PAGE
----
Tuesday, 23 February 2016

Diving into Digital at the 31st National Convention

The rise of digital technology has challenged every aspect of the way we think and work. Digital disruption isn't a new issue – it’s a new reality. In an age where digital technology holds the power to change the status quo and turn upside down industries that were once held to be conservative and resistant to change, the key to survival is to ride the tide and catch the digital wave of opportunity to maximise profitability and future growth. Join us in Melbourne this year at the Tax Institute’s 31st National Convention to hear from some of the profession's most well-regarded thought leaders on a future that is already here.



The National Convention is Australia’s premier event for tax professionals. We are proud to showcase an impressive line-up of keynote speakers, including Chris Jordan, AO, CTA, Peter Williams, Michael Andrew, Ken Spence, CTA-Life, and many more well-regarded thought leaders. We look also to the future and are excited to host the Tax Adviser of the Year Awards gala dinner to celebrate the best and brightest tax professionals – individuals who represent the pinnacle achievement for the best tax practitioners and are making their mark in tax.

With tax reform and innovation high on the country's agenda and this year’s Federal Budget touted as the Government’s "tax platform", tax has never been so hot a topic. This year’s Convention captures the essence of these changes through its technical sessions – from disruption to BEPs to superannuation – the program has broad appeal and relevant for delegates with small practices through to those working in mid-tier or large accounting firms.

Practitioners of the Round Table!


For the very first time, we are hosting the inaugural ATO Round Table where delegates are invited to hear from senior ATO representatives as they hash out issues and communicate directly with you in a discussion-based format! The Round Table will involve a series of Q&A’s covering an array of current technical issues of importance to tax practitioners. The Q&As will be published, with the aim of providing practical guidance on the ATO's position on these topics. If you would like to put a question to the panel for consideration, tweet using the hashtag #31NatCon.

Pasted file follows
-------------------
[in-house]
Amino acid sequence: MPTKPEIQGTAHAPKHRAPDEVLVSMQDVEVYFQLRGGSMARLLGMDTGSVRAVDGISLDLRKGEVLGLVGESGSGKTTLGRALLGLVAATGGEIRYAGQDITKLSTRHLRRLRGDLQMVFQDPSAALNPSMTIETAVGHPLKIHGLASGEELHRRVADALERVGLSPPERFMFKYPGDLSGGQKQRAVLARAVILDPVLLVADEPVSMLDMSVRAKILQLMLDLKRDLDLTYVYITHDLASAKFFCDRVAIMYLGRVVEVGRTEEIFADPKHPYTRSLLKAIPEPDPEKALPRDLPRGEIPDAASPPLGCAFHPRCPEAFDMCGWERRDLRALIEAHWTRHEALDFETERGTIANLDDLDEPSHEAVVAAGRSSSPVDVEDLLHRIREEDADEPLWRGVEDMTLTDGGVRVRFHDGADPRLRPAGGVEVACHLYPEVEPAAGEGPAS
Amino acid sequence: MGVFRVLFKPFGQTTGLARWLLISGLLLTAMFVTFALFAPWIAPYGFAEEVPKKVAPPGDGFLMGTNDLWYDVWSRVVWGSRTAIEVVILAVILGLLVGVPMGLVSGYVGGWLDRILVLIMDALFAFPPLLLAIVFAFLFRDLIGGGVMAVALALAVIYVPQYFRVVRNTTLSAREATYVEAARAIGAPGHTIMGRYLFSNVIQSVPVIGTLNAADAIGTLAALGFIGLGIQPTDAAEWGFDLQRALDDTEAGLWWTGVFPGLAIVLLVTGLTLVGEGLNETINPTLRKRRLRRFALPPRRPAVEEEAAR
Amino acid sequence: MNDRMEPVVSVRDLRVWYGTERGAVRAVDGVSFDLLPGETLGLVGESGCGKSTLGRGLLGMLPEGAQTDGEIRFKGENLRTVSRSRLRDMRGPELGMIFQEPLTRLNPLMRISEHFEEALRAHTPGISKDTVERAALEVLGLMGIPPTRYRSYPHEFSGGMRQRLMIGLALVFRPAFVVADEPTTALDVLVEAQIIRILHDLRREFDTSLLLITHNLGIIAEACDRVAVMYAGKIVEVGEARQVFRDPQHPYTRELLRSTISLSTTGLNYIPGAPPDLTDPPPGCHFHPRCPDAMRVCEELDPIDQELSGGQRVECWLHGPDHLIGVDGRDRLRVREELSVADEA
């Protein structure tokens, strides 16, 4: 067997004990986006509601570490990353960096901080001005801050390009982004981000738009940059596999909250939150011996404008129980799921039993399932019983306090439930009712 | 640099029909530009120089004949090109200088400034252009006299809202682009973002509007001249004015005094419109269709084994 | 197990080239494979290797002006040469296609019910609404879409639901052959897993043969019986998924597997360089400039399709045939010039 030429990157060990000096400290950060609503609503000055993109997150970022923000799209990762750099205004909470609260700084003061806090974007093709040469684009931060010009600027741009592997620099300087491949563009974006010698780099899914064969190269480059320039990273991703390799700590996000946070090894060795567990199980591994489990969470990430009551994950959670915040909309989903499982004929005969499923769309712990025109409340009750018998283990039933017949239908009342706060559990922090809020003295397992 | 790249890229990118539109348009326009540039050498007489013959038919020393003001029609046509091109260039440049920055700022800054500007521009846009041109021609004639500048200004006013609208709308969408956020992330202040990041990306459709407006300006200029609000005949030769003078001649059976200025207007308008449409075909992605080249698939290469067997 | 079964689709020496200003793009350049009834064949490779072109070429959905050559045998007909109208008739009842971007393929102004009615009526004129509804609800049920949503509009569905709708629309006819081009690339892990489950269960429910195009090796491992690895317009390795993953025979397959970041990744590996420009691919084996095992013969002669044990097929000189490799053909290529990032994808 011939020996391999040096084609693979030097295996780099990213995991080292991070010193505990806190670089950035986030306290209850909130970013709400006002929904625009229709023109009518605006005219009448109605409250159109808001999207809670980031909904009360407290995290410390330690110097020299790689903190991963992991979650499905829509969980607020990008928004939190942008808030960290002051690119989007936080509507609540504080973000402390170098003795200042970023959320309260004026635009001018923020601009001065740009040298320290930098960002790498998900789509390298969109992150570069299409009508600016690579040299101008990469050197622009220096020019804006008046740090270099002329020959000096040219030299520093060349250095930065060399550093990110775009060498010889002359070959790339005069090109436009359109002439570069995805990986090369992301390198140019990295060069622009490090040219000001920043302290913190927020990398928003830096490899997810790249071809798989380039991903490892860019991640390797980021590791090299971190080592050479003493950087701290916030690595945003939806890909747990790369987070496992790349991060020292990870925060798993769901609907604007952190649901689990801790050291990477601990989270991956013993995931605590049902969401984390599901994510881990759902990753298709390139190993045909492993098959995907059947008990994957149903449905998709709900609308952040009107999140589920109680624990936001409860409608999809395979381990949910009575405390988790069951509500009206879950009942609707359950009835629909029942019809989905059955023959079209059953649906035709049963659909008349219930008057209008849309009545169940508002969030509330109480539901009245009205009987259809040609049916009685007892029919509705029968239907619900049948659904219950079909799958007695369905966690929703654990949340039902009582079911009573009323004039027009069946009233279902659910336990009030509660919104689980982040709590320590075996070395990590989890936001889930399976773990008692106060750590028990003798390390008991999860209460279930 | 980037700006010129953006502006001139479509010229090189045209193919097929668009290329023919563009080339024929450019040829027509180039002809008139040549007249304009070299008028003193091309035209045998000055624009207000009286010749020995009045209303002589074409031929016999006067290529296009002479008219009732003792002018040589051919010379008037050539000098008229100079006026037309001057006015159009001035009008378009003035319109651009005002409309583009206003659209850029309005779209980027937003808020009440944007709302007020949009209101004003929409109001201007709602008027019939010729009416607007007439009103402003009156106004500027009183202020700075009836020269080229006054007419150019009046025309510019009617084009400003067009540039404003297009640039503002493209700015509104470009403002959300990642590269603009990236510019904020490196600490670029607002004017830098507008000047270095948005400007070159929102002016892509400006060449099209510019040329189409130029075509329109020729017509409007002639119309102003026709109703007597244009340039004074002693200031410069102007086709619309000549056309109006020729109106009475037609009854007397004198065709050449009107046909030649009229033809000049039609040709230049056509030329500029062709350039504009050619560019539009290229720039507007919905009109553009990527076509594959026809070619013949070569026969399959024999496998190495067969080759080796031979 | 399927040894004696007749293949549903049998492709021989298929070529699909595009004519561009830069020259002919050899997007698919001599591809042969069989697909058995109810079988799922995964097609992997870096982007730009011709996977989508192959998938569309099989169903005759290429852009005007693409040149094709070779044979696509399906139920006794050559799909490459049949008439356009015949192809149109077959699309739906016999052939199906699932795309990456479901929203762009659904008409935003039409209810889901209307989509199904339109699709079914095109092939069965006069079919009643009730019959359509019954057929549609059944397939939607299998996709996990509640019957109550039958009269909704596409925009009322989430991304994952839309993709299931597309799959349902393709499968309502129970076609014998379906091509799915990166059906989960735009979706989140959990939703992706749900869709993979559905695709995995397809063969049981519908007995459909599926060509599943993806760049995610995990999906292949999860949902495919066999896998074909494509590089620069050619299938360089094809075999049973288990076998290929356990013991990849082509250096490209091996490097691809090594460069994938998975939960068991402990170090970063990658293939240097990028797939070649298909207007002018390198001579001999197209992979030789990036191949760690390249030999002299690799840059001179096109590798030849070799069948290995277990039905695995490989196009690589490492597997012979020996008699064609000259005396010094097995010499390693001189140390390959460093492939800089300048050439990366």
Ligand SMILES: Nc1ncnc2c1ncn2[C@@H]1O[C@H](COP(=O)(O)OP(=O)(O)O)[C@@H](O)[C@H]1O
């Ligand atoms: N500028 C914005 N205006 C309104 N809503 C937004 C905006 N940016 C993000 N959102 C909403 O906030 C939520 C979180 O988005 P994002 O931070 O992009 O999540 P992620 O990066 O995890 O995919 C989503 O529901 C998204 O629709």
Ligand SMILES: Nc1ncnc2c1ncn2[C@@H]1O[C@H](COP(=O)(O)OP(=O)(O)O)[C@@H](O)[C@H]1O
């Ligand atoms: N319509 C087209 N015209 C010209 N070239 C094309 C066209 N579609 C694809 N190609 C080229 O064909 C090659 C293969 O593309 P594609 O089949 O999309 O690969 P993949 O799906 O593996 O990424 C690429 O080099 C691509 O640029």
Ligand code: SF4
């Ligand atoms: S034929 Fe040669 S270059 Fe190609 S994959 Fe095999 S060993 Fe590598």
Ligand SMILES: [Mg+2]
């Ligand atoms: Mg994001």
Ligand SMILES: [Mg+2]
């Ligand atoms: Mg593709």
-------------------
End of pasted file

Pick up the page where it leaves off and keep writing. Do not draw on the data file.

Disruption isn't a dirty word

Rewind only a few years back and the word "disruption" almost always carried with it negative connotations. Cut to the present and the word has taken on a whole different persona. Disruption is no longer just a corporate-speak buzzword. No longer something to be feared, it now carries with it positive connotations of technological advancement, innovation, change and agility.

As Prime Minister Malcolm Turnbull said in his first statement as Liberal leader:

We have to recognise that the disruption that we see driven by technology, the volatility in change is our friend if we are agile and smart enough to take advantage of it.”

Making friends with change is all well and good, but what does it have to do with tax? More specifically, what does digital disruption have to do with your firm and your client? Where will future competition come from?

Failure to recognise disruptors may have a negative impact on your profits as well as adversely impact your interaction with your clients. Is your business prepared for this explosion of new technologies?

Let’s get digital, digital!

Recognised thought leader and digital innovation guru Peter Williams (Deloitte) addresses these questions in his session, as well as highlights the potential digital disruptors affecting your firm and the tax industry as a whole. Some topics Peter will discuss include:

  • Emerging technologies and platforms
  • The use of mobile technology and digital interaction with clients
  • Cognitive computing.
Day one of the Convention will also showcase Joanne Dunne, CTA, as she considers the issues arising for digital businesses and businesses transitioning to have a digital presence, first in Australia and then globally. Her session will consider these issues that impact upon digital businesses of all sizes:
  • Hosting arrangements, customer terms and conditions, record retention and the deductibility of costs against website establishment and maintenance
  • In-house software development, depreciation and R&D
  • Residence and taxable presence – where a digital business is resident, how a PE arises (including OECD’s BEPS project on PEs)
  • Source issues – how the source of income is determined, when a contract is concluded, the use of digital signatures and GST source issues.